Getting Certified

Six Sigma and the “belt” level certification process sounds much like Karate.  In a way it is! Just as Karate “Sanseis” are recognized and honored for their individual expertise training in the “dojo”, practicing Six Sigma Master Black Belts are recognized and go through a rigorous process to be able teach and certify specific Six Sigma techniques with “belts”.  The progression of Six Sigma is White, Yellow, Green, Black and Master Black Belts the same as in Karate. Only Master Black Belts “Sanseis” are able to issue certifications that are recognized in all levels.


To that end, it was not the intent to ever create a single, all-encompassing certification entity, but place the credibility of the certification on the company “Sanseis” it came from just like in Karate Dojos.  The Cii certification is recognized due to founder, Phil Reinke, being one of the original 30 Master Black Belts from one of the founding organizations in Six Sigma General Electric which is recognized as one of the highest level of credible certification institutions. Learn more about our founder’s expertise here.

The Cii certification is recognized and supported by the South Florida Manufacturers Association, along with the numerous organizations and educational institutions listed above.

students’ requirements for certification

Upon completion of the course, passing a final exam and the delivery of an actual project that meets certification requirements, the student is awarded an industry accepted certification. The Cii program and its certifications span the entire four years of high school:

  • Freshman – White Belt Certification

  • Sophomore – Yellow Belt (LEAN) Certification

  • Junior – Green Belt I Certification (School focused improvement)

  • Senior – Green Belt II Certification (Internship project)

Cii certifications are trusted because they are more than passing an exam and the presentation of a project deck. The Cii is involved in the training, testing and work as a mentor and coach with each project, from beginning to delivery to ensure that the student truly knows the tools and activities well and that the improvement expectations of the project champions and sponsors are met.  

In the academic setting, the materials, exams and even the instructors are constantly monitored and supported to ensure that “success” is also continually improved.

At the discretion and choosing of the school and successful delivery of the certification requirements, the certifications are awarded to the student. Examples include:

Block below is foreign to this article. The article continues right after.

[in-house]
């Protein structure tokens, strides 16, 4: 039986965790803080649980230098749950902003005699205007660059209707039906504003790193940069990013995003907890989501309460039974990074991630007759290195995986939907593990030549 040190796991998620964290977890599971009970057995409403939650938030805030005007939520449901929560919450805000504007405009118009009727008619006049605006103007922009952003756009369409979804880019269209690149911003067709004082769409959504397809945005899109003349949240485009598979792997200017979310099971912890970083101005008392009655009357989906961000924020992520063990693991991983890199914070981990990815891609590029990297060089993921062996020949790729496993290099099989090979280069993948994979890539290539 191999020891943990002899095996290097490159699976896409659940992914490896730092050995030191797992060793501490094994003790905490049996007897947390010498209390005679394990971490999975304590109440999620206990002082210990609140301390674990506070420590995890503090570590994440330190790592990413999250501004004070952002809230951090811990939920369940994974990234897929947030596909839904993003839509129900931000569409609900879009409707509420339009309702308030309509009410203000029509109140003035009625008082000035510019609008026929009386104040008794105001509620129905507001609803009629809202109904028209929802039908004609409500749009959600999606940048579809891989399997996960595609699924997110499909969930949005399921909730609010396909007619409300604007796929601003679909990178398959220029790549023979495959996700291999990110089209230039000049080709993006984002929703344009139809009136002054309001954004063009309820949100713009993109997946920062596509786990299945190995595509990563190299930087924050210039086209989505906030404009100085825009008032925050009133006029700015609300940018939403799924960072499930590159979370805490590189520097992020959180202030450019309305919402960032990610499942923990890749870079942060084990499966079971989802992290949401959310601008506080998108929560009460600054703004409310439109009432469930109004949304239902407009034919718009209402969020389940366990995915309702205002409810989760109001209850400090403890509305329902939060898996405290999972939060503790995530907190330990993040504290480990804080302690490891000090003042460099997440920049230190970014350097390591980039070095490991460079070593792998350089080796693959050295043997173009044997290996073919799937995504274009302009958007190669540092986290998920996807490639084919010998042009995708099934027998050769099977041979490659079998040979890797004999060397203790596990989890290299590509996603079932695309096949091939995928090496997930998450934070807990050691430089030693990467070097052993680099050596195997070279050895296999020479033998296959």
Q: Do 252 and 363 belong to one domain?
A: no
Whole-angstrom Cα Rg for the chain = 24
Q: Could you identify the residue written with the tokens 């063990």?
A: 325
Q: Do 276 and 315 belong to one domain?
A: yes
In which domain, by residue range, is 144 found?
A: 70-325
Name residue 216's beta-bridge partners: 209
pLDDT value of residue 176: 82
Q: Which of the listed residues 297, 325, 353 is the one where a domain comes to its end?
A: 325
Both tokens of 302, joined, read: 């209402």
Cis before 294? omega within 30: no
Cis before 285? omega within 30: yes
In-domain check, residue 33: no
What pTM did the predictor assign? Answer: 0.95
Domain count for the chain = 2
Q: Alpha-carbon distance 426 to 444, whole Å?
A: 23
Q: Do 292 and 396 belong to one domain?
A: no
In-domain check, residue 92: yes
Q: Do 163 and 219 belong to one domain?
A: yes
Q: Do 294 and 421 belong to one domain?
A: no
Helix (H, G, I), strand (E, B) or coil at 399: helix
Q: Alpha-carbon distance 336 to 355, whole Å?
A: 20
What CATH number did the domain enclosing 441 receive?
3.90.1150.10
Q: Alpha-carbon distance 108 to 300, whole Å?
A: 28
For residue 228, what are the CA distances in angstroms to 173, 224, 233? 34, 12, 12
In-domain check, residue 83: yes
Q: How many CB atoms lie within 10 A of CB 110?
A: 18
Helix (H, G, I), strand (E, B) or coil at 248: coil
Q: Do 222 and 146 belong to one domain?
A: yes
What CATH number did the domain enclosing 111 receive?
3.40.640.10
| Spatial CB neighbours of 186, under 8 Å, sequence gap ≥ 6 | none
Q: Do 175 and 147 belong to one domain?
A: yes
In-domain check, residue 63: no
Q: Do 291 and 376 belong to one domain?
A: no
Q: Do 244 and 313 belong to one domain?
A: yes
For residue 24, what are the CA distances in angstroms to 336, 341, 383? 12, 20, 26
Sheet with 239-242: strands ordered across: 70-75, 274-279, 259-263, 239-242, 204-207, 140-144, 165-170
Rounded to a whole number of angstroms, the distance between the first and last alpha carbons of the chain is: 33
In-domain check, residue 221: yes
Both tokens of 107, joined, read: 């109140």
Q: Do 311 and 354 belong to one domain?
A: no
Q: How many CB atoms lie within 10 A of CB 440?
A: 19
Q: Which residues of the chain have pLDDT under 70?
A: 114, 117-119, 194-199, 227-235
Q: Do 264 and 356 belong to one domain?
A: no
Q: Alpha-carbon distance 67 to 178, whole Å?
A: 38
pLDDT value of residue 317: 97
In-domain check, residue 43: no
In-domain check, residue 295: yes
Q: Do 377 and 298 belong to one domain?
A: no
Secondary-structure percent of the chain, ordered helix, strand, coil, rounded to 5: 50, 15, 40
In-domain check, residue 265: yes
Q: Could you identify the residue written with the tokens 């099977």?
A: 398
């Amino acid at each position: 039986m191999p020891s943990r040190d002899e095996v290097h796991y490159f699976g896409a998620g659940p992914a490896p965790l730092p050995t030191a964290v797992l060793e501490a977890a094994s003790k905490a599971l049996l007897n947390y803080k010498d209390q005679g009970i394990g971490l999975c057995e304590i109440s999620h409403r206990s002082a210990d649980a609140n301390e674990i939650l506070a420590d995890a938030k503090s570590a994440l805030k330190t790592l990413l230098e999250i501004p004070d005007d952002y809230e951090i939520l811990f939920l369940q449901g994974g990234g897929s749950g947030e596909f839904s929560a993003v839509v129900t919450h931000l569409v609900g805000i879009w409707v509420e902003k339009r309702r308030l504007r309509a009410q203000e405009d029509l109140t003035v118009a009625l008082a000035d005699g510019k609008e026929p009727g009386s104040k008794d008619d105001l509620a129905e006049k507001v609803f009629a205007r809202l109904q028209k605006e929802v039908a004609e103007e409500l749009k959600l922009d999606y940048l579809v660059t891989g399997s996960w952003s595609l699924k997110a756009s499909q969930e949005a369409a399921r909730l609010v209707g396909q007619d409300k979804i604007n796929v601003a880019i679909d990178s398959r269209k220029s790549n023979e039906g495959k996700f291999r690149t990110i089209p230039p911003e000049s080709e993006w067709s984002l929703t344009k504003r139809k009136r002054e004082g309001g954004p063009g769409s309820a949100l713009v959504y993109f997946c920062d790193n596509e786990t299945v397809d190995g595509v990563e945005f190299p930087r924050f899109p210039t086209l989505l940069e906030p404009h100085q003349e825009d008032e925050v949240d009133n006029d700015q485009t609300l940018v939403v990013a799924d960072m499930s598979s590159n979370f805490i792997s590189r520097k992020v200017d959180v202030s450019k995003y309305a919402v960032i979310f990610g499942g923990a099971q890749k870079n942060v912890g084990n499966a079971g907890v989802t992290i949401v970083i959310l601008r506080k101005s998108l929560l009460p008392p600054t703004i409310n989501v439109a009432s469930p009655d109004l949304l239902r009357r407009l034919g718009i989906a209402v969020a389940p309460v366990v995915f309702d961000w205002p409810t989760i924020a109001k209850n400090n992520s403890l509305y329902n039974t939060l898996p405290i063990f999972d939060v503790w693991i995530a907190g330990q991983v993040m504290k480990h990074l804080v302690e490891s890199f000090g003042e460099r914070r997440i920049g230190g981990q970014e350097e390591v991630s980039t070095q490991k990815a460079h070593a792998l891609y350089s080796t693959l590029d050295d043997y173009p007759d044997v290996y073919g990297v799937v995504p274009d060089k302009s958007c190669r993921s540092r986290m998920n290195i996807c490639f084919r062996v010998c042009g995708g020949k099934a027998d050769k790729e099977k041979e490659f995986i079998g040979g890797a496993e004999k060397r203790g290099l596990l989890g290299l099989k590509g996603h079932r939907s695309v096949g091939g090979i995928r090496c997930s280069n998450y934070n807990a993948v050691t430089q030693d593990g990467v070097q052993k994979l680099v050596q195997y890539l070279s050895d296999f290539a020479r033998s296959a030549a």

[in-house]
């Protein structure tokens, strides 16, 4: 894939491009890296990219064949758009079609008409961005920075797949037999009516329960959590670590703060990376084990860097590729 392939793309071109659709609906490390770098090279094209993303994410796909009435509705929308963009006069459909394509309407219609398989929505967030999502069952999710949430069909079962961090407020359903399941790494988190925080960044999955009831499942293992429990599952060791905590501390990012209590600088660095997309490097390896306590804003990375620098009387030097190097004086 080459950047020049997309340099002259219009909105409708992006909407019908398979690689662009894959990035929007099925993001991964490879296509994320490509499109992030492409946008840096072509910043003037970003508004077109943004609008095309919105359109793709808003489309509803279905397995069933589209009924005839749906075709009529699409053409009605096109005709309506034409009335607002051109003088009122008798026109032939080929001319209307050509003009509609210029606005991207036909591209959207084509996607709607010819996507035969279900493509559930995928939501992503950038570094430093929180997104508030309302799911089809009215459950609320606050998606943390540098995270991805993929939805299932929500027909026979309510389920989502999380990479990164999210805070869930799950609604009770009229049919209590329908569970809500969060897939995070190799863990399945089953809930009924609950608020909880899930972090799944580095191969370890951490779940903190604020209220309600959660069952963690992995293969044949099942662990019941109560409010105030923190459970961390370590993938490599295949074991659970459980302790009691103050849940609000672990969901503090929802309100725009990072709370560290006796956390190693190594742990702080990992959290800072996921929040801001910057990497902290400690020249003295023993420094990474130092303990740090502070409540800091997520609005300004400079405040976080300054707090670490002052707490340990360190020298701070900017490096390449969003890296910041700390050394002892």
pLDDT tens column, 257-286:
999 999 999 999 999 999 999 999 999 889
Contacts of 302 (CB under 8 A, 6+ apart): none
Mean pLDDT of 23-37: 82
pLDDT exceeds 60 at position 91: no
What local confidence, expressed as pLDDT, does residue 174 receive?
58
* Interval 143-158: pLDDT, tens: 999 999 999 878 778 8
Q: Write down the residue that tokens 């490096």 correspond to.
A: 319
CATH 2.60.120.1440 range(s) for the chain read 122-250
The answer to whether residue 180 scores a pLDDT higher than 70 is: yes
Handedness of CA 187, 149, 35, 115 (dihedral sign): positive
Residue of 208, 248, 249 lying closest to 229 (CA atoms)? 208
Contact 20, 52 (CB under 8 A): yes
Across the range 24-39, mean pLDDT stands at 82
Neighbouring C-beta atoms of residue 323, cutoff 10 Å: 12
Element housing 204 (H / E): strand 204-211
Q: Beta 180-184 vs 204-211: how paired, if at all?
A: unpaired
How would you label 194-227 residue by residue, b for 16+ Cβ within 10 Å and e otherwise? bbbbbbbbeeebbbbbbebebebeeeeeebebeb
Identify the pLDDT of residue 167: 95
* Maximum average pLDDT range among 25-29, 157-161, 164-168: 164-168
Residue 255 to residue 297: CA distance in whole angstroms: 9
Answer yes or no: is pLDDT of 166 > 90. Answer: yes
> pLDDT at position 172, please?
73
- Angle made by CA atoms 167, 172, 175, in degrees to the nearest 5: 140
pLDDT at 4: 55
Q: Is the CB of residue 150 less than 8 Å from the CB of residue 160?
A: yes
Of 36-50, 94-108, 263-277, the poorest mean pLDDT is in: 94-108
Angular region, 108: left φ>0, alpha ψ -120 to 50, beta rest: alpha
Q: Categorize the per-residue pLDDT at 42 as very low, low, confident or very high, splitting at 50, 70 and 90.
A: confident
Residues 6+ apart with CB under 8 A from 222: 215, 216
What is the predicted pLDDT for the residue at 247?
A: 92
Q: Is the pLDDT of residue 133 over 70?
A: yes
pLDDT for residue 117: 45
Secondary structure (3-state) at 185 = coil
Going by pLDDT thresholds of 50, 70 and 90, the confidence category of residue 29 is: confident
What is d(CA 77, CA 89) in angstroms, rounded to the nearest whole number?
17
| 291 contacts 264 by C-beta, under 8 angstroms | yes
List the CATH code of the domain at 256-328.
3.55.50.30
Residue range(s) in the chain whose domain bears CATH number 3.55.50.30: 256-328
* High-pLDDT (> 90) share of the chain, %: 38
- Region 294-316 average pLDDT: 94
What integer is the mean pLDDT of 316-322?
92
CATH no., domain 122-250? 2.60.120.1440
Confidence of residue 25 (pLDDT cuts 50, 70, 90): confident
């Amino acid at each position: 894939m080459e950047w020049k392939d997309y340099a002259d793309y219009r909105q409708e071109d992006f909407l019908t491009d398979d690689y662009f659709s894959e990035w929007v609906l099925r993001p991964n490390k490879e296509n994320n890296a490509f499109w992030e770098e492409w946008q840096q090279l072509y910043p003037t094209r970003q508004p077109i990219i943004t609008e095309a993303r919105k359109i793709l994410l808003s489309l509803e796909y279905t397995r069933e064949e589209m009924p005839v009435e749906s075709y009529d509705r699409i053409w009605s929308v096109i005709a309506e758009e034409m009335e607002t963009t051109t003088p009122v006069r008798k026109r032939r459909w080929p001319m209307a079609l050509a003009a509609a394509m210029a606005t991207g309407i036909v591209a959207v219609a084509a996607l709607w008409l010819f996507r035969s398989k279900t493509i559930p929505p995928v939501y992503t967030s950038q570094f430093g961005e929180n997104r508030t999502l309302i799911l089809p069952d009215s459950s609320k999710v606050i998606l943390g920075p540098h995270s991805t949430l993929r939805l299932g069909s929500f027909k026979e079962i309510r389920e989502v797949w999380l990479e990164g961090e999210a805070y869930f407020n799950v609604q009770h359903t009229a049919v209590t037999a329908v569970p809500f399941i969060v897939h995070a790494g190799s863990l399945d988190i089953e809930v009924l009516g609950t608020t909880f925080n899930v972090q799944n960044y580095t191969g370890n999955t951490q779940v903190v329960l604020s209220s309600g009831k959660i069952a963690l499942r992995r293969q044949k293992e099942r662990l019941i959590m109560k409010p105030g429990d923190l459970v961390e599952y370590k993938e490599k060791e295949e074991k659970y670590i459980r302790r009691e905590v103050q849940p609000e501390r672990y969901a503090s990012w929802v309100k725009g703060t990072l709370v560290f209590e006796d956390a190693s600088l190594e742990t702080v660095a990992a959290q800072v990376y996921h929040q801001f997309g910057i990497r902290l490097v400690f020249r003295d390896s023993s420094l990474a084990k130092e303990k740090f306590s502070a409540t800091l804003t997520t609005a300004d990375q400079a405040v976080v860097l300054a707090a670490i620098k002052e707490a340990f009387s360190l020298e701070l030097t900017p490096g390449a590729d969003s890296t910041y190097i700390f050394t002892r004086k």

• A separate awards ceremony including guests, parents, industry representatives.

  • At the school’s awards ceremony.

  • A private ceremony in the classroom

domain of the certification focus area


It is important that students demonstrate domain of the critical aspects of Six Sigma received throughout the training and coursework of each certification: White Belt, Yellow Belt and Green Belt.

Besides completing the training and all the coursework and assignments, Cii has implemented mentored and supervised DMAIC project delivery and exam testing into the trainings to measure the knowledge of each student in Six Sigma.

Project – Objective Domain

(selection, development and completion)


All of the training and certifications provided to students includes an assignment of a DMAIC project which is selected making sure that the student is using all of the tools learned in training.

These projects are mentored and guided by specialists, reviewed by a certified review board and must be presented by the student to stakeholders for approval.

The core of certification is the delivery of a project that has:

  • utilized the methodology

  • Shown competence in the applicable tools and techniques

  • Driven the process and/or organizational change necessary to sustain its objective

The project process through certification is as follows:

  • Project Development

    • Charter of Project (details include)

      • Problem selection

      • Goal Establishment

      • Historical Baseline Performance

      • Capture of process Performance

    • Root-Cause Identification through analysis

    • Identification of viable solutions

    • Establishment of process continuity

  • Formal project documentation (MS PowerPoint)

  • Structured project review by Six Sigma/Lean review board

  • Formal Project presentation(s) to project champion(s)

Exam – Objective Domains

Regardless of the certification level, the five-phase structure of Define-Measure-Analyze-Improve-Control (DMAIC) lends itself to a test structure in which 20% of the exam poses questions directly related to critical toolsets and concepts related to discipline and project success.  The test acts as the first step in certifying that the participant is capable of delivering to expectations and commitments required by organizations recognizing the certification and the abilities inferred by it.
The certification exam is proctored and overseen by certified professionals. This written exam, created by certified Master Black Belts, ensures that students’ domain and knowledge of the certification’s focus area is being tested and must receive a grade of 70% or better on a written final examination.